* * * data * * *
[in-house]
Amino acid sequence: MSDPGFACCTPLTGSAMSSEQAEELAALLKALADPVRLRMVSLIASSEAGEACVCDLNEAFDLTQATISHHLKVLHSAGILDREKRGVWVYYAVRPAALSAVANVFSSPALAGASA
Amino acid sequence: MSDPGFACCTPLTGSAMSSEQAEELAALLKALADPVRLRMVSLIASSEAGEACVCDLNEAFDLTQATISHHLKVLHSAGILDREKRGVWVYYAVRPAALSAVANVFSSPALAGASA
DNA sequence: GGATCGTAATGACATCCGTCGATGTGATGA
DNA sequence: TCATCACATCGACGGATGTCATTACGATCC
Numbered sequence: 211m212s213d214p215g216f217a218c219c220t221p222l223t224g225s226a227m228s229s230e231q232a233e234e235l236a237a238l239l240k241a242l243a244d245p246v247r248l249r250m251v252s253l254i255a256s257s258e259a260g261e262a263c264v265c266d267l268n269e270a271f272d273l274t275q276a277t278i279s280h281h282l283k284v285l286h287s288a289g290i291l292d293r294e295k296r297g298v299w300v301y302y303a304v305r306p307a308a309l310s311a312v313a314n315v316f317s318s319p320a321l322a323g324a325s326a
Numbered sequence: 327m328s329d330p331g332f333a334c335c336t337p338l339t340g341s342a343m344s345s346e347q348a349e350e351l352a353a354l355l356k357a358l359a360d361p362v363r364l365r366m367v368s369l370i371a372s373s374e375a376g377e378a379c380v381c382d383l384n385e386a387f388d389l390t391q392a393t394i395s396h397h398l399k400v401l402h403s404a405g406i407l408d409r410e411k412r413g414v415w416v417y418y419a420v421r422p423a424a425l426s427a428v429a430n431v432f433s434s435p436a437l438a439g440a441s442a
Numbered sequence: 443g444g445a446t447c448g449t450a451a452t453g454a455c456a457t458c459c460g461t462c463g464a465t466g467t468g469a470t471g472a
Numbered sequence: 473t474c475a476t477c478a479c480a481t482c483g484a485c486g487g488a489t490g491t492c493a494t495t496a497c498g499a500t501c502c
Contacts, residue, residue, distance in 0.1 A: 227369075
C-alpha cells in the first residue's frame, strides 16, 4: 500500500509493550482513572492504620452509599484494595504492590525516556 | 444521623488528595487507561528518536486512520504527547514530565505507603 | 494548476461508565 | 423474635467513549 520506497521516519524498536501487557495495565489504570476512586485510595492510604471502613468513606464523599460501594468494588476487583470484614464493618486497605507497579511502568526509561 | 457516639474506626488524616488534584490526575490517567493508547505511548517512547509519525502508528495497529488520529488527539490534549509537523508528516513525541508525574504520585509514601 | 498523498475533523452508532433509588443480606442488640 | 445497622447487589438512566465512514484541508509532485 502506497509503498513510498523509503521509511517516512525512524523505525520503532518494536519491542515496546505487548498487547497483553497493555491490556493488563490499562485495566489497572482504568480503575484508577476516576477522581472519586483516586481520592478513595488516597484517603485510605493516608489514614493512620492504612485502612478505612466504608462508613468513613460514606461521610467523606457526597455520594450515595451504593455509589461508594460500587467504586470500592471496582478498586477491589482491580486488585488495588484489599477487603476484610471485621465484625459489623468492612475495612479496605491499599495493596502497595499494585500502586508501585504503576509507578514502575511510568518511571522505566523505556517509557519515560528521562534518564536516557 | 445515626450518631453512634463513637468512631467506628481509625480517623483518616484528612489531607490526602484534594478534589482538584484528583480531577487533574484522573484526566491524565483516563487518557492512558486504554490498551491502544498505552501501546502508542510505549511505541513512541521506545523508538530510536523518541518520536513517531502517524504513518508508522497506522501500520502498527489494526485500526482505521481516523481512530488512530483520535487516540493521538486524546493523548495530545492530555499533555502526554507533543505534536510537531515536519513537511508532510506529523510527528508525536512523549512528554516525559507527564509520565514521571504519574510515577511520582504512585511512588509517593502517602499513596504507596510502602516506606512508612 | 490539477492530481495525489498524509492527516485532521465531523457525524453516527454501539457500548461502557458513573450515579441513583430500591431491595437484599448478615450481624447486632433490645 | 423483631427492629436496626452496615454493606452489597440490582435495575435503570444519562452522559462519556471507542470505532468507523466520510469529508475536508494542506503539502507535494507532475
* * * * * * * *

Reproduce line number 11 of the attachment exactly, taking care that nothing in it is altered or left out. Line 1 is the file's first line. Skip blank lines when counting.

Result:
C-alpha cells in the first residue's frame, strides 16, 4: 500500500509493550482513572492504620452509599484494595504492590525516556 | 444521623488528595487507561528518536486512520504527547514530565505507603 | 494548476461508565 | 423474635467513549 520506497521516519524498536501487557495495565489504570476512586485510595492510604471502613468513606464523599460501594468494588476487583470484614464493618486497605507497579511502568526509561 | 457516639474506626488524616488534584490526575490517567493508547505511548517512547509519525502508528495497529488520529488527539490534549509537523508528516513525541508525574504520585509514601 | 498523498475533523452508532433509588443480606442488640 | 445497622447487589438512566465512514484541508509532485 502506497509503498513510498523509503521509511517516512525512524523505525520503532518494536519491542515496546505487548498487547497483553497493555491490556493488563490499562485495566489497572482504568480503575484508577476516576477522581472519586483516586481520592478513595488516597484517603485510605493516608489514614493512620492504612485502612478505612466504608462508613468513613460514606461521610467523606457526597455520594450515595451504593455509589461508594460500587467504586470500592471496582478498586477491589482491580486488585488495588484489599477487603476484610471485621465484625459489623468492612475495612479496605491499599495493596502497595499494585500502586508501585504503576509507578514502575511510568518511571522505566523505556517509557519515560528521562534518564536516557 | 445515626450518631453512634463513637468512631467506628481509625480517623483518616484528612489531607490526602484534594478534589482538584484528583480531577487533574484522573484526566491524565483516563487518557492512558486504554490498551491502544498505552501501546502508542510505549511505541513512541521506545523508538530510536523518541518520536513517531502517524504513518508508522497506522501500520502498527489494526485500526482505521481516523481512530488512530483520535487516540493521538486524546493523548495530545492530555499533555502526554507533543505534536510537531515536519513537511508532510506529523510527528508525536512523549512528554516525559507527564509520565514521571504519574510515577511520582504512585511512588509517593502517602499513596504507596510502602516506606512508612 | 490539477492530481495525489498524509492527516485532521465531523457525524453516527454501539457500548461502557458513573450515579441513583430500591431491595437484599448478615450481624447486632433490645 | 423483631427492629436496626452496615454493606452489597440490582435495575435503570444519562452522559462519556471507542470505532468507523466520510469529508475536508494542506503539502507535494507532475